It is God's will for us to be thankful because He knows that it is good for us to have an attitude of thankfulness towards Him. When we have a thankful attitude and an attitude of appreciation for Him and what He does for us, it does not leave much room for ingratitude in our lives.
In reading Psalm 8:3-6, we can see ourselves in perspective to God's creation:
When I consider Your heavens, the work of Your fingers, the moon and the stars, which You have ordained, what is man, that You are mindful of him, and the son of man that You visit him? For You have made him a little lower than the angels, and You have crowned him with glory and honor. You have made him to have dominion over the works of Your hands; You have put all things under his feet. . . .
God has given us—humanity—dominion over the things that He has created. And beyond that, out of all humanity, we have been given a tremendous responsibility to develop righteous character and have the potential of living eternally in His Kingdom. This thought alone should help us to be thankful each day.
It is God's will that we be thankful. Jesus Christ is the mediator and revealer of God's will, and even He is subject to it (Luke 22:42). It is the will of God that we be thankful in every condition, in adversity as well as prosperity (James 1:2-3, 12).
Martin G. Collins
Paul addresses I Thessalonians 5:16-18 directly to us, and its commands can greatly affect our attitudes during trials so that we make the best use of them without getting down on life: “Rejoice always, pray without ceasing, in everything give thanks; for this is the will of God in Christ Jesus for you.” These are quite challenging! But since God commands them of us, they are things that He will enable us to accomplish. Therefore, they are not impossible tasks.
These are attitudes and actions that we can control. Other scriptures reveal that God permits us to be saddened or disappointed about what is happening. For example, the gospels say that Jesus sorrowed about various things. Here, Paul's concern is that, in our relationship with God—as the mention of prayer establishes—we will not remain depressed for an extended time because of our contact with God. We should be able to come out of our funks. If we do not, it is because we are too focused on ourselves.
These commands guard against allowing ourselves to sink from an upbeat, positive, and hopeful attitude of a child of God to a discouraged and self-centered one. How? By doing spiritual work directly in relation to God, holding onto God in the midst of all circumstances in life. Peter writes that if God is our hope, He will lift us up (I Peter 5:6-7).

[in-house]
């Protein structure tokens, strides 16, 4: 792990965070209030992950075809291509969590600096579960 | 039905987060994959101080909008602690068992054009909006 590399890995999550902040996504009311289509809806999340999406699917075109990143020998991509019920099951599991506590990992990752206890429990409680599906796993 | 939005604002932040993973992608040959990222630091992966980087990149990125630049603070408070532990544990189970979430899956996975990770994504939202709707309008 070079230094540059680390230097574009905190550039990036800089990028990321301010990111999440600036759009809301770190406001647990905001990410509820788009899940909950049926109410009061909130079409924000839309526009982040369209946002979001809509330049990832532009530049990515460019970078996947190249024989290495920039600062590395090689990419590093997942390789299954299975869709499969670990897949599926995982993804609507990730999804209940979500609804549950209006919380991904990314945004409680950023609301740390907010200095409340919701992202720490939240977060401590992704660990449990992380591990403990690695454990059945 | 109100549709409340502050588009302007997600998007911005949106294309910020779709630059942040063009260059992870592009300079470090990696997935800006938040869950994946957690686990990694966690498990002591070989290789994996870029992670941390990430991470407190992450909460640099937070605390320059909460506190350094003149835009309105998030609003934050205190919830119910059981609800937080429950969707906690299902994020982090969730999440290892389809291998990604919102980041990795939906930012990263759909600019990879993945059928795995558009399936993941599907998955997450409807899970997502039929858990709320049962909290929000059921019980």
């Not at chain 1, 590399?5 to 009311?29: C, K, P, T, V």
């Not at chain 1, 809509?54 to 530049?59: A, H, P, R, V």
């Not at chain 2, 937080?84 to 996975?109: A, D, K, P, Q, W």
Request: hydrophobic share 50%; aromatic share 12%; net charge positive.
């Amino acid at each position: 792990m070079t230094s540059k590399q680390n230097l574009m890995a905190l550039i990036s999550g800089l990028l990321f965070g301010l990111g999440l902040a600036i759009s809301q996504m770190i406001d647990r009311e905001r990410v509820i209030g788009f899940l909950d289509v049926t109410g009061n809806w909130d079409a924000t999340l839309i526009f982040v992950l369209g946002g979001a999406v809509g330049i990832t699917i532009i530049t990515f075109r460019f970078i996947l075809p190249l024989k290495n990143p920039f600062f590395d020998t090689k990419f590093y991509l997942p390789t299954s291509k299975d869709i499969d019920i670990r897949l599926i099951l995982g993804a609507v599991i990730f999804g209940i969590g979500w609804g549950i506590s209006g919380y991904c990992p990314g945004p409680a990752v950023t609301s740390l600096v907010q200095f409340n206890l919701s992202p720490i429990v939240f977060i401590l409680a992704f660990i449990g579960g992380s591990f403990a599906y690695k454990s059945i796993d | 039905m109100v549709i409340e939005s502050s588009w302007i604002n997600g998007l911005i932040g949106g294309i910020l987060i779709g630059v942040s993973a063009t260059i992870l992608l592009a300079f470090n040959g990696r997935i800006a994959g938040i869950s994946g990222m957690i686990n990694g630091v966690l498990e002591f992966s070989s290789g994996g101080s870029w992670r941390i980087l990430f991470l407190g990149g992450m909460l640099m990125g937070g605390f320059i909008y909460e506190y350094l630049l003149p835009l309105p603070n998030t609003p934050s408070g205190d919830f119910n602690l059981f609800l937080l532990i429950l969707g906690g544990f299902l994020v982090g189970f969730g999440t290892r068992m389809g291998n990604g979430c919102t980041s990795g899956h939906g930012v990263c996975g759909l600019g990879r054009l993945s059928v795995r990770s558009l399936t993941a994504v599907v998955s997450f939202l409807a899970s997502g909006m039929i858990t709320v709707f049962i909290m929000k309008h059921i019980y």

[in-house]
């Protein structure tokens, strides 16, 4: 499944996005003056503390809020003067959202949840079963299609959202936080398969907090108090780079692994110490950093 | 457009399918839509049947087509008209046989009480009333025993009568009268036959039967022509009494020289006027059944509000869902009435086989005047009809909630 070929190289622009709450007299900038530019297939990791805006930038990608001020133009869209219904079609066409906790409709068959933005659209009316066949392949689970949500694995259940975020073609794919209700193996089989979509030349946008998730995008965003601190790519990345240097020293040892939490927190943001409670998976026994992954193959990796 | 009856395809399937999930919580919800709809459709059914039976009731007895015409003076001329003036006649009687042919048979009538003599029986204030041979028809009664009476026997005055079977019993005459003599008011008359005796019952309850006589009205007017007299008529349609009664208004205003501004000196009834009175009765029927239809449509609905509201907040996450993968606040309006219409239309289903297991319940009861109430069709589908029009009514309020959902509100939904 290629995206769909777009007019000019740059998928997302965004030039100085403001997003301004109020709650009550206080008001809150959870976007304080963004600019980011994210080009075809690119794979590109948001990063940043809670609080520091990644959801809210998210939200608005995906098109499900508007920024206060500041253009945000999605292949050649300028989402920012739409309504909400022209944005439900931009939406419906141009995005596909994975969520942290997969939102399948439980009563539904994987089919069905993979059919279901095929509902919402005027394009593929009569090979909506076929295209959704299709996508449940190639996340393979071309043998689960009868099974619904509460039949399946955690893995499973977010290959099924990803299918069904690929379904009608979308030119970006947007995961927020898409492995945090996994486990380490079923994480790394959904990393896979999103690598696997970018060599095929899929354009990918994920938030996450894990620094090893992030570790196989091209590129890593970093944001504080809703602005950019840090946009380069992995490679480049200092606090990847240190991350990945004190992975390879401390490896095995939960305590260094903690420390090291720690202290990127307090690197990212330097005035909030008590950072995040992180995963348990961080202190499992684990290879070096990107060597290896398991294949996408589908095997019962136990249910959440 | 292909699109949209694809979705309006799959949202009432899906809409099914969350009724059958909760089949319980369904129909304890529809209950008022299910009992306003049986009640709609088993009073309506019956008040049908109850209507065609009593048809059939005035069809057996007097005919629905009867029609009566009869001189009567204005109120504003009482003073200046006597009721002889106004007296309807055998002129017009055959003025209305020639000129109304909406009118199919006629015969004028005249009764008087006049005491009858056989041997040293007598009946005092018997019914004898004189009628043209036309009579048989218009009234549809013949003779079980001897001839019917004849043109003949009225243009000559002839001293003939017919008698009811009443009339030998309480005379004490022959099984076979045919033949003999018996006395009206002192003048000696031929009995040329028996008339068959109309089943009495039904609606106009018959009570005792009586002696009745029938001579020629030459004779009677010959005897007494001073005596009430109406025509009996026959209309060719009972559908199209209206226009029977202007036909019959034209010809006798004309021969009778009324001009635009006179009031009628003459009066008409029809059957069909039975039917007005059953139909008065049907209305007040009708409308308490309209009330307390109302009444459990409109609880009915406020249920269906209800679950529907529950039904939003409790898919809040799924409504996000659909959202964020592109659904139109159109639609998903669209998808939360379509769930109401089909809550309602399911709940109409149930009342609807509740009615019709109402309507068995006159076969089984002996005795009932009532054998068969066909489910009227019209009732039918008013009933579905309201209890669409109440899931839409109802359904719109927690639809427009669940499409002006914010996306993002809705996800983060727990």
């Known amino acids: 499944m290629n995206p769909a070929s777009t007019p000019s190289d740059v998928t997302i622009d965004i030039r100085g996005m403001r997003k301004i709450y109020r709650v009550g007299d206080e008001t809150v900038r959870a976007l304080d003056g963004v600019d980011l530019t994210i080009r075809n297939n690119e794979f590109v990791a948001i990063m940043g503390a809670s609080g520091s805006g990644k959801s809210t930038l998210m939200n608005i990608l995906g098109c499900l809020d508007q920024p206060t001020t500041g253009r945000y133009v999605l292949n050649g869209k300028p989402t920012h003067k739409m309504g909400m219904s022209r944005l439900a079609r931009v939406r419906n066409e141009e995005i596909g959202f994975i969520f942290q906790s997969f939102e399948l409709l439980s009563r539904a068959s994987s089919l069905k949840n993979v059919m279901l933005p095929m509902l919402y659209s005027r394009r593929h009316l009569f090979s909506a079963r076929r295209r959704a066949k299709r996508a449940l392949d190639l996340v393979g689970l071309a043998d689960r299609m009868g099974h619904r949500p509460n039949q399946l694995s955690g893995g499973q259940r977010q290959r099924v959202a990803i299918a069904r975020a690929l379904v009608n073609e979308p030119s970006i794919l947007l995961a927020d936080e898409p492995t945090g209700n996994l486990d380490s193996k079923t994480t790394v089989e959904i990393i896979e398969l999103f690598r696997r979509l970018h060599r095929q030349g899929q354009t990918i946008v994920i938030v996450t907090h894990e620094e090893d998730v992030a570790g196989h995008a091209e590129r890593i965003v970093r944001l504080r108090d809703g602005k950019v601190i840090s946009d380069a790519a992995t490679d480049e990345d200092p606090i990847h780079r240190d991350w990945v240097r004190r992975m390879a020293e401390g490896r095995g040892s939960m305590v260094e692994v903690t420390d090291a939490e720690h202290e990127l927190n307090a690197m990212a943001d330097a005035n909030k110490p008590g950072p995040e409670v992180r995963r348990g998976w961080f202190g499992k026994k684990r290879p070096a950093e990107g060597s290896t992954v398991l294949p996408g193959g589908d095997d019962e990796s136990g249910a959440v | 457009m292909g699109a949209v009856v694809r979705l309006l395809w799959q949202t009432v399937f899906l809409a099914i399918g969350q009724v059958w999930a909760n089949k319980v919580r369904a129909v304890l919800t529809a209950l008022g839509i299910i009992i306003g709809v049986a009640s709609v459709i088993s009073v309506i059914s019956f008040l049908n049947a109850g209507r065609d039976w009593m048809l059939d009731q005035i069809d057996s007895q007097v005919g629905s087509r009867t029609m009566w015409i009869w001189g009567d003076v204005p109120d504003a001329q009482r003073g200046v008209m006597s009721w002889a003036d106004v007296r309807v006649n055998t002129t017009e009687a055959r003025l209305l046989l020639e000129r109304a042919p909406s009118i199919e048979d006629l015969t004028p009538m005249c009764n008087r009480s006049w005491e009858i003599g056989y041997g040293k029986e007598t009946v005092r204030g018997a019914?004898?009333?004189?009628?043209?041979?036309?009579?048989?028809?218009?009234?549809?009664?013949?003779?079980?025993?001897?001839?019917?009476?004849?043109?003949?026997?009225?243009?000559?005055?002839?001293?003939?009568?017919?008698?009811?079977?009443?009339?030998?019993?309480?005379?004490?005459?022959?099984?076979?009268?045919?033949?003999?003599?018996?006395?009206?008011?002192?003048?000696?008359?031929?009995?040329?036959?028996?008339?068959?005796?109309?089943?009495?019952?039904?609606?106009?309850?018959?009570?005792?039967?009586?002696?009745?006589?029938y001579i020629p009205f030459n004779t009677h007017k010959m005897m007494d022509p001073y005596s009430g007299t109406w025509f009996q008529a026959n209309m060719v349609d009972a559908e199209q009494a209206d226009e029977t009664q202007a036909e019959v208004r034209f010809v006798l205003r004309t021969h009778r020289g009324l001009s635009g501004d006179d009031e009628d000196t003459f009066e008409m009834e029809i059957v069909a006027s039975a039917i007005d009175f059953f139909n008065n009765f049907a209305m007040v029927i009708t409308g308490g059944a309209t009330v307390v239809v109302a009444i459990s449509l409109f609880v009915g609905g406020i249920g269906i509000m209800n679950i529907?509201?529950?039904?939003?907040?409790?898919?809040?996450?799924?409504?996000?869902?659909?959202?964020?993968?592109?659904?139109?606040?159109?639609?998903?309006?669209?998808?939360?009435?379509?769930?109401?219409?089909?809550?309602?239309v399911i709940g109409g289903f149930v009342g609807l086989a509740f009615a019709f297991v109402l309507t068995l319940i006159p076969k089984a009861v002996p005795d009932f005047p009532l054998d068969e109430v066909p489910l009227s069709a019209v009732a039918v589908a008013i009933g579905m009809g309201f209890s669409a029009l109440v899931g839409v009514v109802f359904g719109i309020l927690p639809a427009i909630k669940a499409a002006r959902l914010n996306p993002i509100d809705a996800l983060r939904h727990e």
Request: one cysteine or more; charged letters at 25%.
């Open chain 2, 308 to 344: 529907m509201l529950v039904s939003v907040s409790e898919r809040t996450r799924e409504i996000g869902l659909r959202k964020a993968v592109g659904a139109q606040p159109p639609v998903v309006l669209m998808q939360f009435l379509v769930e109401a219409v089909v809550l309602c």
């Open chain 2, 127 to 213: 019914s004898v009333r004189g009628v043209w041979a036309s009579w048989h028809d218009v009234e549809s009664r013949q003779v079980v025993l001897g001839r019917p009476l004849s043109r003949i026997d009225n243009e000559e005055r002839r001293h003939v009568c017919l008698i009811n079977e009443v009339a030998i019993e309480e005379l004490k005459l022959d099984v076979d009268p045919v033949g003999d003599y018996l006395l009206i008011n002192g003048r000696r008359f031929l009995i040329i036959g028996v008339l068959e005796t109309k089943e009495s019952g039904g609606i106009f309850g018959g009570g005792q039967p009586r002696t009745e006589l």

I Timothy 6:6-8 reminds us of an important reality: “Now godliness with contentment is great gain. For we brought nothing into this world, and it is certain we can carry nothing out. And having food and clothing, with these we shall be content.” This passage's central issue concerns wealth. Great discontentment and discouragement are generated through coveting wealth. However, the attitude of a reasoned, faith-based contentment, regardless of economic circumstances, causes great spiritual gain.
Within a relationship with God, this faith-based attitude greatly assists in enabling a Christian to live an “over the sun” life. In a converted person's mind, because he is living such a life, God is the Central Figure, and he accepts whatever life throws his way. A Christian with that focus works his way through his trials, overcoming the pulls toward self-centeredness because he knows God is with him.
Without God being the beacon that provides guidance and encouragement, a person can much more easily drift into an easily discouraged, discontented, covetous, “life is down on me,” self-centered existence. When that happens, spiritual progress grinds to a halt.
John W. Ritenbaugh
Ecclesiastes and Christian Living (Part Three): Time
Other Forerunner Commentary entries containing 1 Thessalonians 5:18:
1 Thessalonians 5:16-18